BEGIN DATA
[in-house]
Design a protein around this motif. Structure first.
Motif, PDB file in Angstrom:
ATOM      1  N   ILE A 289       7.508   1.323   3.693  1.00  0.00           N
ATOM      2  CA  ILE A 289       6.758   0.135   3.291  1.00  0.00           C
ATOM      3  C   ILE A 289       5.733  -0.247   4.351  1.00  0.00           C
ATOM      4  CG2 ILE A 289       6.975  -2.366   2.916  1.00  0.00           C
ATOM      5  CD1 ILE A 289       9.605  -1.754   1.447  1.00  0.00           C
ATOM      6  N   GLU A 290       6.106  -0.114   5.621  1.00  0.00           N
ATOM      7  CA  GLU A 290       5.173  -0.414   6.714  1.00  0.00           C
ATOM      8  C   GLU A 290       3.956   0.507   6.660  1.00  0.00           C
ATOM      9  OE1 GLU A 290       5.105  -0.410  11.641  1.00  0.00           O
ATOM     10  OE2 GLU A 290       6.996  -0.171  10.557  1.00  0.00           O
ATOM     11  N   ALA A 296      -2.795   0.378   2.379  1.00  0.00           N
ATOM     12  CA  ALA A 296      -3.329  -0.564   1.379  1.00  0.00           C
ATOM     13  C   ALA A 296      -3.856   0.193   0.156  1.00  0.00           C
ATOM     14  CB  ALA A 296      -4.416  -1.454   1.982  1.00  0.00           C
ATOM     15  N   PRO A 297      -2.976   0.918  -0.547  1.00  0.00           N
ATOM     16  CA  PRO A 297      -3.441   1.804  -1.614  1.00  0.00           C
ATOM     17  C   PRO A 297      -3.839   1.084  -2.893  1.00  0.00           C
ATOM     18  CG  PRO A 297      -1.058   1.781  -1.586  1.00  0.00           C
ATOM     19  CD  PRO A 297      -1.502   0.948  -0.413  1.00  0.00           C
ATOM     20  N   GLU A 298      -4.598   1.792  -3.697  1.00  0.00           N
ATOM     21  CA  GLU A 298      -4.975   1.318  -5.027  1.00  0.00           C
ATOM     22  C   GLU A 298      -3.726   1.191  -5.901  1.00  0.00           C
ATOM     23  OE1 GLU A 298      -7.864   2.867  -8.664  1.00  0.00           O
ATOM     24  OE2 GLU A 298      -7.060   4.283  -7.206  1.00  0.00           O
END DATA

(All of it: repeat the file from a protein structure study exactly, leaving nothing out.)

[in-house]
Design a protein around this motif. Structure first.
Motif, PDB file in Angstrom:
ATOM      1  N   ILE A 289       7.508   1.323   3.693  1.00  0.00           N
ATOM      2  CA  ILE A 289       6.758   0.135   3.291  1.00  0.00           C
ATOM      3  C   ILE A 289       5.733  -0.247   4.351  1.00  0.00           C
ATOM      4  CG2 ILE A 289       6.975  -2.366   2.916  1.00  0.00           C
ATOM      5  CD1 ILE A 289       9.605  -1.754   1.447  1.00  0.00           C
ATOM      6  N   GLU A 290       6.106  -0.114   5.621  1.00  0.00           N
ATOM      7  CA  GLU A 290       5.173  -0.414   6.714  1.00  0.00           C
ATOM      8  C   GLU A 290       3.956   0.507   6.660  1.00  0.00           C
ATOM      9  OE1 GLU A 290       5.105  -0.410  11.641  1.00  0.00           O
ATOM     10  OE2 GLU A 290       6.996  -0.171  10.557  1.00  0.00           O
ATOM     11  N   ALA A 296      -2.795   0.378   2.379  1.00  0.00           N
ATOM     12  CA  ALA A 296      -3.329  -0.564   1.379  1.00  0.00           C
ATOM     13  C   ALA A 296      -3.856   0.193   0.156  1.00  0.00           C
ATOM     14  CB  ALA A 296      -4.416  -1.454   1.982  1.00  0.00           C
ATOM     15  N   PRO A 297      -2.976   0.918  -0.547  1.00  0.00           N
ATOM     16  CA  PRO A 297      -3.441   1.804  -1.614  1.00  0.00           C
ATOM     17  C   PRO A 297      -3.839   1.084  -2.893  1.00  0.00           C
ATOM     18  CG  PRO A 297      -1.058   1.781  -1.586  1.00  0.00           C
ATOM     19  CD  PRO A 297      -1.502   0.948  -0.413  1.00  0.00           C
ATOM     20  N   GLU A 298      -4.598   1.792  -3.697  1.00  0.00           N
ATOM     21  CA  GLU A 298      -4.975   1.318  -5.027  1.00  0.00           C
ATOM     22  C   GLU A 298      -3.726   1.191  -5.901  1.00  0.00           C
ATOM     23  OE1 GLU A 298      -7.864   2.867  -8.664  1.00  0.00           O
ATOM     24  OE2 GLU A 298      -7.060   4.283  -7.206  1.00  0.00           O